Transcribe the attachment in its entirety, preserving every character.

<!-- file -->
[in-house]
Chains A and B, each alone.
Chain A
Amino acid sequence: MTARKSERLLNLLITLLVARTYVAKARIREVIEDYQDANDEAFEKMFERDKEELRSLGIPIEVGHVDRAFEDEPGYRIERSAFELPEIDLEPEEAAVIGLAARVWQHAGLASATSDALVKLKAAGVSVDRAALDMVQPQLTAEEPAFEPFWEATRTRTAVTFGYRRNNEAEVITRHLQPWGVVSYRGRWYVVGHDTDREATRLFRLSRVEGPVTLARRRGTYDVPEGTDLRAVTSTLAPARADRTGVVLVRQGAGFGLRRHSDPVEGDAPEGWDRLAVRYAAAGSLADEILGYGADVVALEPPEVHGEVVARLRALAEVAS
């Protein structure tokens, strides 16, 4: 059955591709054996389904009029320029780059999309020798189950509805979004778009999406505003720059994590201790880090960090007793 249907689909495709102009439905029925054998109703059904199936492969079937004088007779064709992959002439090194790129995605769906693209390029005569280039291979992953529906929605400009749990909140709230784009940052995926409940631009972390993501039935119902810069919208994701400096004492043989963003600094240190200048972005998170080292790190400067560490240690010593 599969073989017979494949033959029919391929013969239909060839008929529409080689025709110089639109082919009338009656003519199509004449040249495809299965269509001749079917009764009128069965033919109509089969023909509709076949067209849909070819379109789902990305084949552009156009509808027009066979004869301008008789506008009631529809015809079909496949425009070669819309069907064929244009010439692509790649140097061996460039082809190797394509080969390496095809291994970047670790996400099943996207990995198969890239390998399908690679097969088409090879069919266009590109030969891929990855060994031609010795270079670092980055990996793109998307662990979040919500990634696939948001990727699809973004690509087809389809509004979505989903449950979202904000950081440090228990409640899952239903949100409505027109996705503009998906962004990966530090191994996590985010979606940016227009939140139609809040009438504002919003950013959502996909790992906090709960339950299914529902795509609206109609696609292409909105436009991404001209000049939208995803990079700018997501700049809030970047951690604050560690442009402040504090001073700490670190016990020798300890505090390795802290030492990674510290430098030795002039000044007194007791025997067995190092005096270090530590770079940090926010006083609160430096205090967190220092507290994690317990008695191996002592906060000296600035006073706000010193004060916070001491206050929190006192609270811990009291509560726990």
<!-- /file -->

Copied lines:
[in-house]
Chains A and B, each alone.
Chain A
Amino acid sequence: MTARKSERLLNLLITLLVARTYVAKARIREVIEDYQDANDEAFEKMFERDKEELRSLGIPIEVGHVDRAFEDEPGYRIERSAFELPEIDLEPEEAAVIGLAARVWQHAGLASATSDALVKLKAAGVSVDRAALDMVQPQLTAEEPAFEPFWEATRTRTAVTFGYRRNNEAEVITRHLQPWGVVSYRGRWYVVGHDTDREATRLFRLSRVEGPVTLARRRGTYDVPEGTDLRAVTSTLAPARADRTGVVLVRQGAGFGLRRHSDPVEGDAPEGWDRLAVRYAAAGSLADEILGYGADVVALEPPEVHGEVVARLRALAEVAS
């Protein structure tokens, strides 16, 4: 059955591709054996389904009029320029780059999309020798189950509805979004778009999406505003720059994590201790880090960090007793 249907689909495709102009439905029925054998109703059904199936492969079937004088007779064709992959002439090194790129995605769906693209390029005569280039291979992953529906929605400009749990909140709230784009940052995926409940631009972390993501039935119902810069919208994701400096004492043989963003600094240190200048972005998170080292790190400067560490240690010593 599969073989017979494949033959029919391929013969239909060839008929529409080689025709110089639109082919009338009656003519199509004449040249495809299965269509001749079917009764009128069965033919109509089969023909509709076949067209849909070819379109789902990305084949552009156009509808027009066979004869301008008789506008009631529809015809079909496949425009070669819309069907064929244009010439692509790649140097061996460039082809190797394509080969390496095809291994970047670790996400099943996207990995198969890239390998399908690679097969088409090879069919266009590109030969891929990855060994031609010795270079670092980055990996793109998307662990979040919500990634696939948001990727699809973004690509087809389809509004979505989903449950979202904000950081440090228990409640899952239903949100409505027109996705503009998906962004990966530090191994996590985010979606940016227009939140139609809040009438504002919003950013959502996909790992906090709960339950299914529902795509609206109609696609292409909105436009991404001209000049939208995803990079700018997501700049809030970047951690604050560690442009402040504090001073700490670190016990020798300890505090390795802290030492990674510290430098030795002039000044007194007791025997067995190092005096270090530590770079940090926010006083609160430096205090967190220092507290994690317990008695191996002592906060000296600035006073706000010193004060916070001491206050929190006192609270811990009291509560726990």